This is one in a series of profiles showcasing some of Harvard’s stellar graduates.
Rivka B. Hyland ’16 always keeps an embroidered handkerchief in her pocket.
“My grandmother sends one to me every month,” said Hyland, a Lowell House resident whose grandparents live in the Czech Republic. “I grew up watching Czech movies from the 1940s. My Czech is old-fashioned, and so are my habits.”
Keeping her personal history close is important to Hyland, and that deep connection to the past has provided the framework for her intellectual endeavors at Harvard. An Islamic Studies concentrator in the Near East Languages and Civilizations Department, she will continue her education at the University of Oxford as a Rhodes Scholar beginning this fall.
“It’s one world and you have to study all of it,” she said, recalling the advice a teaching fellow gave her during her freshman year.
Hyland, who grew up outside Philadelphia, first became fascinated with the Middle East when she was 13, in a high school world history class.
“I had read an article on the House of Wisdom, an intellectual center in medieval Baghdad where scholars translated texts from Greek to Syriac to Arabic. I was in love with the image of a room filled with scrolls, dust on the windows, intellectuals of different faiths and languages sitting next to each other.”
Though Hyland came to learn there was no actual house — that very topic became a point of departure for her senior thesis at Harvard — the subject propelled her study of all things related to medieval Islamic history and culture. Sipping a mint hot chocolate at Algiers Coffee House, she points out the spots where many of her academic memories were made. At a table by the window, she wrote her final paper for an Islamic theology course. At another, one for an art history seminar, and there, on the second floor, she penned an essay for a class on Islam.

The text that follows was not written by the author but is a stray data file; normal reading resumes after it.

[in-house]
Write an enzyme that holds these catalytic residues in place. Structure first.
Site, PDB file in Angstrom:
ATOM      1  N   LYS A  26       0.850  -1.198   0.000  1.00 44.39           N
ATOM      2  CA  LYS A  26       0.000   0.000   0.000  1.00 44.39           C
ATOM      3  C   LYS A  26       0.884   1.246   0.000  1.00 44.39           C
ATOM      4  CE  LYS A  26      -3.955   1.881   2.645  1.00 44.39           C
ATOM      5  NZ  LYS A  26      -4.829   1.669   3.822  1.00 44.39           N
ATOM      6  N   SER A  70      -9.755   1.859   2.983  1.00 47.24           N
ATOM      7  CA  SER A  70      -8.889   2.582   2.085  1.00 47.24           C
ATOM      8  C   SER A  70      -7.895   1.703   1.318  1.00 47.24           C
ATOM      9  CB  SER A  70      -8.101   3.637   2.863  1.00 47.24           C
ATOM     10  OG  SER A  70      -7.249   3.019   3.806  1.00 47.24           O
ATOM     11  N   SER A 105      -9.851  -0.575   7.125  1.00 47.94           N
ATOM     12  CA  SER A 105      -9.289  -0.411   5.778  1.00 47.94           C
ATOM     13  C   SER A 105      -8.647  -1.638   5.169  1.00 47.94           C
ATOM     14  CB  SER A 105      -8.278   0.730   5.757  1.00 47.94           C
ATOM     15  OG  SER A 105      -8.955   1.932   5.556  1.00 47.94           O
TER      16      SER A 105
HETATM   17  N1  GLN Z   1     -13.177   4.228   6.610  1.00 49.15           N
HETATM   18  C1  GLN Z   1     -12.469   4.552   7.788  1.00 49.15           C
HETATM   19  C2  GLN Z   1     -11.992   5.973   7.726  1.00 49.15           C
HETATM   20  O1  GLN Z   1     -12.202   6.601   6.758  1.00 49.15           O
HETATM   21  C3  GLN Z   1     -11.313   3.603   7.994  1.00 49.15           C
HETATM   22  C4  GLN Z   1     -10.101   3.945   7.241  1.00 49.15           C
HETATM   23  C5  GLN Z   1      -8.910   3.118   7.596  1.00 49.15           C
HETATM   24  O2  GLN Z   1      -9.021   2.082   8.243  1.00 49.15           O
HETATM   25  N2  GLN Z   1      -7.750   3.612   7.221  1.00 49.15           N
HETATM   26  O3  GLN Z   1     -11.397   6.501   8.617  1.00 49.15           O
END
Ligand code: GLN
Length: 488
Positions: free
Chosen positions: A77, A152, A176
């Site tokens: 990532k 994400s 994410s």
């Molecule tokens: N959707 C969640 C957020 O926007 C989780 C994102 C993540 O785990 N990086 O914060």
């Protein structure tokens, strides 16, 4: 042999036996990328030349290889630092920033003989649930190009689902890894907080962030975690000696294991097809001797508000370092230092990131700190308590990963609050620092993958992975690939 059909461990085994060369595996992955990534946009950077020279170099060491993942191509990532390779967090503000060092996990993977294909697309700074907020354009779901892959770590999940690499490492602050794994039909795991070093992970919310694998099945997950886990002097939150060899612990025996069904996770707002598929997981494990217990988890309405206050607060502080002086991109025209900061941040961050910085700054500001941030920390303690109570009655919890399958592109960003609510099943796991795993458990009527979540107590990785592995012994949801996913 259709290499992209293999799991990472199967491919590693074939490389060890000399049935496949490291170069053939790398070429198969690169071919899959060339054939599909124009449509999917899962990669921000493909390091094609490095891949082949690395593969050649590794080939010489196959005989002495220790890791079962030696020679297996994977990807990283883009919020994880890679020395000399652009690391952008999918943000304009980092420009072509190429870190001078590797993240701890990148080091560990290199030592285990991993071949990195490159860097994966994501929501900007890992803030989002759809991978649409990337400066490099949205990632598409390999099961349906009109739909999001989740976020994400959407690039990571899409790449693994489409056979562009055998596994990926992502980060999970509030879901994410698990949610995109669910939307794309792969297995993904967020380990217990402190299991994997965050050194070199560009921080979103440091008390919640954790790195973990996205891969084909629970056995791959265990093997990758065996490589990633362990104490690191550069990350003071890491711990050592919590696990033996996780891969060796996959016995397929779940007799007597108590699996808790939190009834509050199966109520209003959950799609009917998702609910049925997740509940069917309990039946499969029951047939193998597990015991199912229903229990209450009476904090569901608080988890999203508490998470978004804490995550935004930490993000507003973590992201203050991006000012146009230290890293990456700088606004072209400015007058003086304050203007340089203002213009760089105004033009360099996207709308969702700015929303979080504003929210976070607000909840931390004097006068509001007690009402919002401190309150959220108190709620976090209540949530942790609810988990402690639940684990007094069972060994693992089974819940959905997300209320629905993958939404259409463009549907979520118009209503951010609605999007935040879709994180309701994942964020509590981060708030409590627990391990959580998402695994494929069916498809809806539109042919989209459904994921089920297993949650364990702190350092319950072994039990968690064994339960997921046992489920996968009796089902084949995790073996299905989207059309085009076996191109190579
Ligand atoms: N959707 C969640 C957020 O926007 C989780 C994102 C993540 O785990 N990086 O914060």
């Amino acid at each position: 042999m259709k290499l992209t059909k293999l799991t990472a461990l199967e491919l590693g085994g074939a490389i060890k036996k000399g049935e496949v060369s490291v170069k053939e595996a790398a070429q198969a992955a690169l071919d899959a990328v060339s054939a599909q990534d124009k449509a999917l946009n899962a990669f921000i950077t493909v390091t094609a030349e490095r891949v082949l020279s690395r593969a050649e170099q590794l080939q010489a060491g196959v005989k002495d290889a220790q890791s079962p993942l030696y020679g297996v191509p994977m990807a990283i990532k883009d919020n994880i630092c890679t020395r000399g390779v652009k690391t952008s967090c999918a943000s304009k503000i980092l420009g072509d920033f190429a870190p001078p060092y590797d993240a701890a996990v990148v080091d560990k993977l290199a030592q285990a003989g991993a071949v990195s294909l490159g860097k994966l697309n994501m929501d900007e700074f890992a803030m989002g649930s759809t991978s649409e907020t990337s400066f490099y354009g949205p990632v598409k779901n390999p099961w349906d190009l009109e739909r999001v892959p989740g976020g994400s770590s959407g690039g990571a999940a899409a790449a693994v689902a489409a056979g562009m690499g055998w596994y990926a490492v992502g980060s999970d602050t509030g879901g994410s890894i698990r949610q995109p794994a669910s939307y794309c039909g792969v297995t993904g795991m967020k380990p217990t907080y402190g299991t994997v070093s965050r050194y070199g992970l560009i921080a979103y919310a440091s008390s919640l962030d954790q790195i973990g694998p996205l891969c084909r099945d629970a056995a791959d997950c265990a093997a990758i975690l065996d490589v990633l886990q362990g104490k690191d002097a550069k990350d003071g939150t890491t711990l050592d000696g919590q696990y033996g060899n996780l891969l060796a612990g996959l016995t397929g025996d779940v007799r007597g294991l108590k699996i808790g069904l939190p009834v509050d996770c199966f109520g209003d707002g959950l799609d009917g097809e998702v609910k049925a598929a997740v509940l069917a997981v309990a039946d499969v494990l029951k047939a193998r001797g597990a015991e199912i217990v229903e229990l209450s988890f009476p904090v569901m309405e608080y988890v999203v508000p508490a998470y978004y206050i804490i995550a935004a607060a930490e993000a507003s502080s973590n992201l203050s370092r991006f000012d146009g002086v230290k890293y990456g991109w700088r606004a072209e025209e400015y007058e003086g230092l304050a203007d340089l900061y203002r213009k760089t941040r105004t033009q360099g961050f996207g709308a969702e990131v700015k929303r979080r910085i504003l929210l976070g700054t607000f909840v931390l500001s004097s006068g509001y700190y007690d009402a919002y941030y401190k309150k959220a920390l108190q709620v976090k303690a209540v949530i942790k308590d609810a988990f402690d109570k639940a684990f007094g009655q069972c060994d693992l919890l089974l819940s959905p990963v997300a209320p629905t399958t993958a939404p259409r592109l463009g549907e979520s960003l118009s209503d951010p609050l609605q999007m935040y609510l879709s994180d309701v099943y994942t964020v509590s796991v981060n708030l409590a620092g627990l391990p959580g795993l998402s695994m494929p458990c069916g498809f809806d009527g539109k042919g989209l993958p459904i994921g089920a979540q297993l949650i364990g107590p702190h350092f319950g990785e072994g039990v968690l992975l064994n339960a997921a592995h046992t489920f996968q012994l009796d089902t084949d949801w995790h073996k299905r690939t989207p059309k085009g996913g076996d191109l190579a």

“This is my turf,” she said.
Most transformative for Hyland was “Topics in Byzantine Art: Illustrating the Word,” a class she took freshman year with Ioli Kalavrezou, Dumbarton Oaks Professor of Byzantine Art History.
“She showed us that art can be used to make a theological point,” Hyland said. “The way the artists used their craft to comment on the text they were illustrating hit home to me as a new way of participating in a debate.”
Her eagerness to soak up medieval philosophy and theology is matched by a seemingly effortless ability to learn languages. Along with French, German, Japanese, classical Arabic, and the Levantine dialect of Arabic (learned on the State Department’s Critical Language Scholarship Program in Jordan the summer after her freshman year), she speaks the same First Republic (1918-38) Czech as her grandfather, a Holocaust survivor, and grandmother.
“My Czech is so strange,” she said, grinning. “No 21-year-old speaks like this.”
Outside of her studies, Hyland has assisted Mark Schiefsky, chair of the Classics Department, in his work on a database in which Greek philosophical texts can be viewed alongside their medieval Arabic translations.
“The translators and philosophers who drove the Greco-Arabic translation movement of the ninth and 10th century were making Aristotle accessible to Arabic-speaking readers. I’d like to think that, by working on the same texts, I’m doing some small part of the same work,” she said.
Hyland also volunteers at the Boston Area Rape Crisis Center, and is co-director of Harvard’s Eating Concerns Hotline and Outreach (ECHO) peer counseling organization. Since sophomore year, she has worked as a tutor in the Harvard Writing Center, and she rows as part of Lowell House’s intramural crew team.
“I think rowing is the closest I’ll come in the modern world to the medieval monastery,” she said. “When you’re racing, you have to give up your personal consciousness and become part of a whole that moves faster than you could ever move alone.”